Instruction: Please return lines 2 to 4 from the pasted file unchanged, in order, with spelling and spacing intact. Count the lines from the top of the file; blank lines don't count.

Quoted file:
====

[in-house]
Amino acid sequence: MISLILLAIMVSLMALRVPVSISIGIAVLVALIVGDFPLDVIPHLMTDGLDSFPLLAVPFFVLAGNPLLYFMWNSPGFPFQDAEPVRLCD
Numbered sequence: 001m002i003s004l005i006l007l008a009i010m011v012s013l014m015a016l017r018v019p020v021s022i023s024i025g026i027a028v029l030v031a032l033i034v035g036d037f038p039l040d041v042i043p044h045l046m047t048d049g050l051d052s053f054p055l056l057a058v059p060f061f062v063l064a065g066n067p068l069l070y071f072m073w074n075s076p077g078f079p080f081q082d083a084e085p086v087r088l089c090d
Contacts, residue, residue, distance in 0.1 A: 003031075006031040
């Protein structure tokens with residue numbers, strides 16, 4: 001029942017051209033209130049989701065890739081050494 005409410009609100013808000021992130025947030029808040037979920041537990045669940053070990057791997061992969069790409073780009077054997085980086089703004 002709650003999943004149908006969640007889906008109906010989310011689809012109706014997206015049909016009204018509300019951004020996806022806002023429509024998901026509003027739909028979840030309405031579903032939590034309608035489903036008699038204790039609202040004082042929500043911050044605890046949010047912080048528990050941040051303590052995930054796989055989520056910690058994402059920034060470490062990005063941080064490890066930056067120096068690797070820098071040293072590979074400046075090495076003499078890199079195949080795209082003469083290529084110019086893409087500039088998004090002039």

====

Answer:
Amino acid sequence: MISLILLAIMVSLMALRVPVSISIGIAVLVALIVGDFPLDVIPHLMTDGLDSFPLLAVPFFVLAGNPLLYFMWNSPGFPFQDAEPVRLCD
Numbered sequence: 001m002i003s004l005i006l007l008a009i010m011v012s013l014m015a016l017r018v019p020v021s022i023s024i025g026i027a028v029l030v031a032l033i034v035g036d037f038p039l040d041v042i043p044h045l046m047t048d049g050l051d052s053f054p055l056l057a058v059p060f061f062v063l064a065g066n067p068l069l070y071f072m073w074n075s076p077g078f079p080f081q082d083a084e085p086v087r088l089c090d
Contacts, residue, residue, distance in 0.1 A: 003031075006031040